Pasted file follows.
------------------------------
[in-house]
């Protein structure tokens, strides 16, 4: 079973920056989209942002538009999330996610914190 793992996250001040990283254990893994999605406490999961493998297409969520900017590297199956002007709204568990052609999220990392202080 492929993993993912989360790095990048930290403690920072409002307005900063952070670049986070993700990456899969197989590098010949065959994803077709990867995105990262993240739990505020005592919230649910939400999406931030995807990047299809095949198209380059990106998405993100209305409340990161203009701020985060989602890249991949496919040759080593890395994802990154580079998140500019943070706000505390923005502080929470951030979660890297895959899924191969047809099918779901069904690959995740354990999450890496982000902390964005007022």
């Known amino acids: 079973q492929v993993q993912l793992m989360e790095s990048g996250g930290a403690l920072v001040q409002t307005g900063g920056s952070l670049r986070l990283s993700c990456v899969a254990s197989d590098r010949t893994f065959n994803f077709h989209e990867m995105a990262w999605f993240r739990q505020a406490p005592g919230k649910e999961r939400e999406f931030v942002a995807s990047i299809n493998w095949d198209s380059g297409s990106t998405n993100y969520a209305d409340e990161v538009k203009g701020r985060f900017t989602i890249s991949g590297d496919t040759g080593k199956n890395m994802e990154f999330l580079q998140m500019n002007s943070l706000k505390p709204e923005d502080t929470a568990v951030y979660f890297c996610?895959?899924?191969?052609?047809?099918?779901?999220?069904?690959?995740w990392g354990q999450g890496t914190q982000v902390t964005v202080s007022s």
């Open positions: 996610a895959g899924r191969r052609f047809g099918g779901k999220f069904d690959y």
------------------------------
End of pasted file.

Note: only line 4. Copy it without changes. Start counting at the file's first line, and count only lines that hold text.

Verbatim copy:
């Open positions: 996610a895959g899924r191969r052609f047809g099918g779901k999220f069904d690959y």